UN Human Rights chief Navi Pillay’s report to the 25th session of the Human Rights Council was made public on Feb 24, 2014. It calls for the UNHRC to establish an ‘international inquiry mechanism to further investigate the alleged violations of international human rights and humanitarian law’ during the last stages of the war in [...]



Pillay’s report and the ICRC study on ‘use of force in armed conflicts’


UN Human Rights chief Navi Pillay’s report to the 25th session of the Human Rights Council was made public on Feb 24, 2014. It calls for the UNHRC to establish an ‘international inquiry mechanism to further investigate the alleged violations of international human rights and humanitarian law’ during the last stages of the war in Sri Lanka, and to ‘monitor any domestic accountability processes.’ The report has been ‘rejected’ by the Government.

It is interesting that between the 24th session of the HRC in Sept 2013 when Pillay made an oral presentation on Sri Lanka, and her formal report to the 25th session this month that has just been released, another landmark report has been published by the International Committee of the Red Cross (ICRC) on the subject of the ‘use of force in armed conflict: interplay between the conduct of hostilities and law  enforcement paradigms.’ This document which is the outcome of an expert meeting held in January 2012 and was published in Nov 2013 has relevance to Sri Lanka because it deals with complex issues relating to the application of international human rights law and international humanitarian law in armed conflict situations — a subject on which the ICRC is probably the best authority.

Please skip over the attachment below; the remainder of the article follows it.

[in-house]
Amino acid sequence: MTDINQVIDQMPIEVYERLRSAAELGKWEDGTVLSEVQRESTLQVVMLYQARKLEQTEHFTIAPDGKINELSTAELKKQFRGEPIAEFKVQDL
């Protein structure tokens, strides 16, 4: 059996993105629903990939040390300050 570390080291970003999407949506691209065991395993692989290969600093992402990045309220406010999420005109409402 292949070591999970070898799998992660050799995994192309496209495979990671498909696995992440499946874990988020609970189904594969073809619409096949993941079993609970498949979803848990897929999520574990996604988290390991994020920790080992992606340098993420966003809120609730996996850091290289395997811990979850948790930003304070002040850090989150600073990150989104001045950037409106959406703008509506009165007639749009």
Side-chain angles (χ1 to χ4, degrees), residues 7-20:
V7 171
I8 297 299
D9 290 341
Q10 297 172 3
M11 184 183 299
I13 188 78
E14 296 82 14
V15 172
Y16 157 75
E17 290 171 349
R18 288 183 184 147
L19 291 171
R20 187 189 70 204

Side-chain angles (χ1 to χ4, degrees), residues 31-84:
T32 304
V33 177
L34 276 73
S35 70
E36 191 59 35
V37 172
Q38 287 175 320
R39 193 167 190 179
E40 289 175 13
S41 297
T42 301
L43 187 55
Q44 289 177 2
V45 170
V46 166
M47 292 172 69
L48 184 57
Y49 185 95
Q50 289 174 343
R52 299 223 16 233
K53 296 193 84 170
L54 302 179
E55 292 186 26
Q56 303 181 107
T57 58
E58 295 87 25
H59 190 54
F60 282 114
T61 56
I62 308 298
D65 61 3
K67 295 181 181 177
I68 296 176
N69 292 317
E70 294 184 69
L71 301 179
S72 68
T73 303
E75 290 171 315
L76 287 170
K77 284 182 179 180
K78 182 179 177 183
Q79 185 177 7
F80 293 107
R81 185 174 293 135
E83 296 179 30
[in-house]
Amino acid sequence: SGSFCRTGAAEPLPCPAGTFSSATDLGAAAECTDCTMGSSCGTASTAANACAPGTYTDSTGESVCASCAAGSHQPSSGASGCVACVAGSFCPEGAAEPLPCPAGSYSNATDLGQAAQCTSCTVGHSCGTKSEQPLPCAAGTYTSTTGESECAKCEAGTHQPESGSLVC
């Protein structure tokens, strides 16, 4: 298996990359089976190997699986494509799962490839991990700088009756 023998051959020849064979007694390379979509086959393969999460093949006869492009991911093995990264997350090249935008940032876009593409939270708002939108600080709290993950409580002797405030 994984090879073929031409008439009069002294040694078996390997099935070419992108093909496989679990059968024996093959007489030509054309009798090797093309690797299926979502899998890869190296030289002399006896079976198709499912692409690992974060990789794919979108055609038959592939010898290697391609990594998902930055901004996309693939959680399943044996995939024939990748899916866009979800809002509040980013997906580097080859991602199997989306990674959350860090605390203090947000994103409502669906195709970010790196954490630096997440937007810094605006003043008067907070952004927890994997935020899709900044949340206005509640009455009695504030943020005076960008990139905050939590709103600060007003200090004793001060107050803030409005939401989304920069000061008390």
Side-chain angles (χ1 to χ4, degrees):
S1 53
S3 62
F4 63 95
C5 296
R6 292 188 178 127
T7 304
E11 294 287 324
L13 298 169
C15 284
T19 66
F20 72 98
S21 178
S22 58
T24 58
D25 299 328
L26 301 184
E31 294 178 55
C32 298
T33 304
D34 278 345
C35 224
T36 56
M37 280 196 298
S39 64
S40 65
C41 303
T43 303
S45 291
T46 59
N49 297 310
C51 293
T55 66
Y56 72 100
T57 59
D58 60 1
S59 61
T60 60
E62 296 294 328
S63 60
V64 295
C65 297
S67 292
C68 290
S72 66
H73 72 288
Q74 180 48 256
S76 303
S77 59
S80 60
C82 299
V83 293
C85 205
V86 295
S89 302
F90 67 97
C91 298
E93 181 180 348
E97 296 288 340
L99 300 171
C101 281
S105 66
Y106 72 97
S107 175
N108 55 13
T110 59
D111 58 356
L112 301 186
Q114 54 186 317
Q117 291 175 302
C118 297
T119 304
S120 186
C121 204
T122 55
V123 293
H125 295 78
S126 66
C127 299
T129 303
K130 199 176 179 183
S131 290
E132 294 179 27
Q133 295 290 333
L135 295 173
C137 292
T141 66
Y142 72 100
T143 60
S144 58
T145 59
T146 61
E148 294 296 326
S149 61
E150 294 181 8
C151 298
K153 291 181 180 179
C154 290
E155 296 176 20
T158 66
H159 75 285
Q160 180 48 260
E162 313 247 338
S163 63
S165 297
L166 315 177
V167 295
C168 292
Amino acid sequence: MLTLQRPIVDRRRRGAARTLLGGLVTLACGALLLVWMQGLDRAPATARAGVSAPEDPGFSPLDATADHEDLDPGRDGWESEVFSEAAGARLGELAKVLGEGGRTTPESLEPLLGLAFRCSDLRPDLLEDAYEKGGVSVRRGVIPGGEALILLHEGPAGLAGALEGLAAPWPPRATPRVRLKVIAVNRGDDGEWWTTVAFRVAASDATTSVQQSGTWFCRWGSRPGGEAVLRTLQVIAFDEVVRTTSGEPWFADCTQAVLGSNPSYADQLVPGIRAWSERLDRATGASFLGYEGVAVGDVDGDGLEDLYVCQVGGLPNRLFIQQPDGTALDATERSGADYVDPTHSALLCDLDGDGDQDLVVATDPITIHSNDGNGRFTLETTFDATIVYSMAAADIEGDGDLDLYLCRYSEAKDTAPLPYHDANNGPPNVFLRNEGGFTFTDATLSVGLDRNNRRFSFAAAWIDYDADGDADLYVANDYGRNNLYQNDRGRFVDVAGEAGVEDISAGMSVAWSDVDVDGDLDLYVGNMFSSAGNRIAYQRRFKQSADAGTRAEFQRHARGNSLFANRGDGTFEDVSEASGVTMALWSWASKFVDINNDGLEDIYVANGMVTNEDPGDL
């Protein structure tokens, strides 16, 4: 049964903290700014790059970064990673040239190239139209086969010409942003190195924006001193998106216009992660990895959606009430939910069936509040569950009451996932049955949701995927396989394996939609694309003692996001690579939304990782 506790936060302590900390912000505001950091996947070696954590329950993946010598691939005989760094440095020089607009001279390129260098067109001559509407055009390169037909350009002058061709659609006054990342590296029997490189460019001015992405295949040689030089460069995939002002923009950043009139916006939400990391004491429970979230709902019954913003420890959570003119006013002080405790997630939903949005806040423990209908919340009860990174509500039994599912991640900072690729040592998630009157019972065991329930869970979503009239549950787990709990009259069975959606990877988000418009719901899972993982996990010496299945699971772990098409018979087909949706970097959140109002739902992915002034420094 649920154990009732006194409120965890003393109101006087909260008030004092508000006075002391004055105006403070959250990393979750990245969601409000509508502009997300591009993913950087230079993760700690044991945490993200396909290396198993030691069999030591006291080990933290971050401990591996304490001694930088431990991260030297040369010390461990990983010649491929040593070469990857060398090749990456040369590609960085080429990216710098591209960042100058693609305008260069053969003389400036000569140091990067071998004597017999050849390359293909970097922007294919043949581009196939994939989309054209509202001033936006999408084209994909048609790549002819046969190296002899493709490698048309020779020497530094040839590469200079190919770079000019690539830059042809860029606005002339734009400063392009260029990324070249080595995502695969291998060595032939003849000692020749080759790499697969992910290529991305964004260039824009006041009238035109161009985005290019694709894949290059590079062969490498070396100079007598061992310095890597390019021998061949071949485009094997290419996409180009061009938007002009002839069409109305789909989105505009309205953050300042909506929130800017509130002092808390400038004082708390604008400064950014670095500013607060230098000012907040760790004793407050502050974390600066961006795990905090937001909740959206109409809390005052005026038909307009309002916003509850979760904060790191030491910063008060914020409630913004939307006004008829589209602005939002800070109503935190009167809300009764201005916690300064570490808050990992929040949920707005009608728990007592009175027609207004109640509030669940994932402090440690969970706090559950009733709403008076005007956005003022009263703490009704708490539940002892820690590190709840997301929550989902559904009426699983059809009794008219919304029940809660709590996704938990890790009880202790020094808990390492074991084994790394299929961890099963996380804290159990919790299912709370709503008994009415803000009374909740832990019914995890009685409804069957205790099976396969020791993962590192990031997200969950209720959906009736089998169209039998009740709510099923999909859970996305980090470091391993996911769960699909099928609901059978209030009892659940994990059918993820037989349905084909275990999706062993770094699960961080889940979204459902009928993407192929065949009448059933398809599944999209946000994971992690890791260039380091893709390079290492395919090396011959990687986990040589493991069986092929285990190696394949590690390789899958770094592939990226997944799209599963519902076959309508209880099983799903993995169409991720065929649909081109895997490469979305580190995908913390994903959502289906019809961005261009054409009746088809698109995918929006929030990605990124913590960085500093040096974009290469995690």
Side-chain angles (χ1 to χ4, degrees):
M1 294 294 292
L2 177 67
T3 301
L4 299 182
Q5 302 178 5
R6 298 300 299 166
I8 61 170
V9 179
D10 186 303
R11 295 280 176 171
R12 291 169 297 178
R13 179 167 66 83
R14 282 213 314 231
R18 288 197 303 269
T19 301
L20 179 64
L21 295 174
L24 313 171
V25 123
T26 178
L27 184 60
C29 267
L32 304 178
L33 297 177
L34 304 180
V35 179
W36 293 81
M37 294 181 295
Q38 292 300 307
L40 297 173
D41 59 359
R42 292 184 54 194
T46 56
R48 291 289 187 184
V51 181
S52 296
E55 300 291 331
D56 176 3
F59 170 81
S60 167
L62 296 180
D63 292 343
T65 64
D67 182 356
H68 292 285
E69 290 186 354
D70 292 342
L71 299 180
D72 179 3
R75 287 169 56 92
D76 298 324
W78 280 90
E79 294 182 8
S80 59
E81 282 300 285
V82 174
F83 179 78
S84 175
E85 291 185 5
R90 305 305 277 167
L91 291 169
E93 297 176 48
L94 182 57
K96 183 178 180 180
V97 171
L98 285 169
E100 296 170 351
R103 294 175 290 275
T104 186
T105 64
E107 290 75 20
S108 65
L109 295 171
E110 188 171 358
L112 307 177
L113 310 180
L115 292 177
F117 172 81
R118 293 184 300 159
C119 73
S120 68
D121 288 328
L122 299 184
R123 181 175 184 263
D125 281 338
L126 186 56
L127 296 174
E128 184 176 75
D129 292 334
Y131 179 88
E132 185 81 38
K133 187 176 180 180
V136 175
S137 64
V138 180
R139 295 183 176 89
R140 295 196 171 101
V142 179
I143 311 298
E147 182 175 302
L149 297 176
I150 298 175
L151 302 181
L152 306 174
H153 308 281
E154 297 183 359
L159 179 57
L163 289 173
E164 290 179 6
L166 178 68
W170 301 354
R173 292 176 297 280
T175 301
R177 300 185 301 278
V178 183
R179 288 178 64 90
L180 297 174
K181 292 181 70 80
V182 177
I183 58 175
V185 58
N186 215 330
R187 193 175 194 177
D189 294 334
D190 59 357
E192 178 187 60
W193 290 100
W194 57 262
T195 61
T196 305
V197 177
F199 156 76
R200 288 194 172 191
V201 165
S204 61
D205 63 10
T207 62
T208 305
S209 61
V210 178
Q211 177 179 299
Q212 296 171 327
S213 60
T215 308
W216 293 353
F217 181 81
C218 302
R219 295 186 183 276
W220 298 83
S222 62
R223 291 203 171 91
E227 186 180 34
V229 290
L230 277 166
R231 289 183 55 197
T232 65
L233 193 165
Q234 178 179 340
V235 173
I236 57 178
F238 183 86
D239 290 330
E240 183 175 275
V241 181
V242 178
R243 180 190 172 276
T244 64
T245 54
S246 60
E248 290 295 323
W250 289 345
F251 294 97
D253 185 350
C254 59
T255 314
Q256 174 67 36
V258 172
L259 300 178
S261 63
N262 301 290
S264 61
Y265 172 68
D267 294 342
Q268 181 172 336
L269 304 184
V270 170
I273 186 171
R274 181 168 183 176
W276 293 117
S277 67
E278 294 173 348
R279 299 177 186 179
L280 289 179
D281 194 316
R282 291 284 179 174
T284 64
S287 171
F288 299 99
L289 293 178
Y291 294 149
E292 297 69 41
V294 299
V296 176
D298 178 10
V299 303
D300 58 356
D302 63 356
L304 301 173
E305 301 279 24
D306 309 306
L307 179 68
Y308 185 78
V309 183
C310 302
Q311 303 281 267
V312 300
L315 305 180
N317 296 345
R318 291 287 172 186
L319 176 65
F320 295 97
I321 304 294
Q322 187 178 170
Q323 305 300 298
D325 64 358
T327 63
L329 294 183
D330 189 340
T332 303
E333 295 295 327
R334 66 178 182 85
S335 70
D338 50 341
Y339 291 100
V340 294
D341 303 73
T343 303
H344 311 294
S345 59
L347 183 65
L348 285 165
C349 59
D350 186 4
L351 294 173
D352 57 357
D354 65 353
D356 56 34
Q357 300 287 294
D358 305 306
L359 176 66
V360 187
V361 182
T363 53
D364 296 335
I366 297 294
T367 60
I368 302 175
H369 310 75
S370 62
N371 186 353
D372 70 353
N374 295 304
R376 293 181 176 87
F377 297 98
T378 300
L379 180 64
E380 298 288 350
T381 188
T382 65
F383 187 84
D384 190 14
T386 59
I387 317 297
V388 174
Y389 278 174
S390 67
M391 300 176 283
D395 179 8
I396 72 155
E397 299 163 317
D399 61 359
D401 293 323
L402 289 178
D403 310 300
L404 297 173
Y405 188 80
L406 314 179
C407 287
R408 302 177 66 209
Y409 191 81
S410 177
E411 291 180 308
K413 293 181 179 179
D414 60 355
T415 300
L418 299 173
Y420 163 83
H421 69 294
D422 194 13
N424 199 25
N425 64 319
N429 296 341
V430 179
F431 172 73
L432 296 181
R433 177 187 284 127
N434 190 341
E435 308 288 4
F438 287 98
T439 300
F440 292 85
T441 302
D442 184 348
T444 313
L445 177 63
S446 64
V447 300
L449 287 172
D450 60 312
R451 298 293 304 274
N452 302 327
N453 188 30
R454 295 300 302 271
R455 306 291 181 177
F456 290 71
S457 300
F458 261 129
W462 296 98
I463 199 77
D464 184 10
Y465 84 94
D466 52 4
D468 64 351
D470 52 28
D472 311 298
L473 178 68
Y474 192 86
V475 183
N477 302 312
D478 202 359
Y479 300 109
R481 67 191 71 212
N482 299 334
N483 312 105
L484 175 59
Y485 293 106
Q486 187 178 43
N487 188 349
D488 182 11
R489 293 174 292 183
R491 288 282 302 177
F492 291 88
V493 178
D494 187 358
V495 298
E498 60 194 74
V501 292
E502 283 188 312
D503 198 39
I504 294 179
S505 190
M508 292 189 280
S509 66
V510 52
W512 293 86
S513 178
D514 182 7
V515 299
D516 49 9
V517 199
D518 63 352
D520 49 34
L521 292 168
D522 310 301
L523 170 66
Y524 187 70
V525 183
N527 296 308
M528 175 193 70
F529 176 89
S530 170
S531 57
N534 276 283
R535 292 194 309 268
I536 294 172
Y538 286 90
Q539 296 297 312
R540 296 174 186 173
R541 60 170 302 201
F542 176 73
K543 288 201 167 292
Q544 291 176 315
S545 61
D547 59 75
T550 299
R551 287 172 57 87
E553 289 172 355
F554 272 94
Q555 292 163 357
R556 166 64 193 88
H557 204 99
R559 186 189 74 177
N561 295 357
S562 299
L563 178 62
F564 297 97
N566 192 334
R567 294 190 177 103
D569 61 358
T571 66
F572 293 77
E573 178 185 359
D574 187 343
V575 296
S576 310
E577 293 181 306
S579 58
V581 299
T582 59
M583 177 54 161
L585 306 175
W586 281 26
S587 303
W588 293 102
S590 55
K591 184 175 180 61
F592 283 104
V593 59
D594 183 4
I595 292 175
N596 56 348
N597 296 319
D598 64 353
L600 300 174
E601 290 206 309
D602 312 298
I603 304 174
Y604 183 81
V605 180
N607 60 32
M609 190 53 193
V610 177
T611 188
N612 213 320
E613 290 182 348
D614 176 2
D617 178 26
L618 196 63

The ICRC’s mandate is based on the Geneva Conventions of 1949, their Additional Protocols, its Statutes and those of the organization itself and its resolutions.
It may be seen that the two US-led resolutions on Sri Lanka, which appear to be in lockstep with the Human Rights chief’s reports, are meticulously crafted in terms of violation of international humanitarian law (IHL) and international human rights law (IHRL). They focus almost entirely on the breaches of these laws by the state, with the non-state party — the LTTE — receiving far less attention. The state party’s role is further isolated by confining the resolutions to the ‘last stages of the war,’ thereby ignoring the carnage wreaked by the LTTE for 30 years.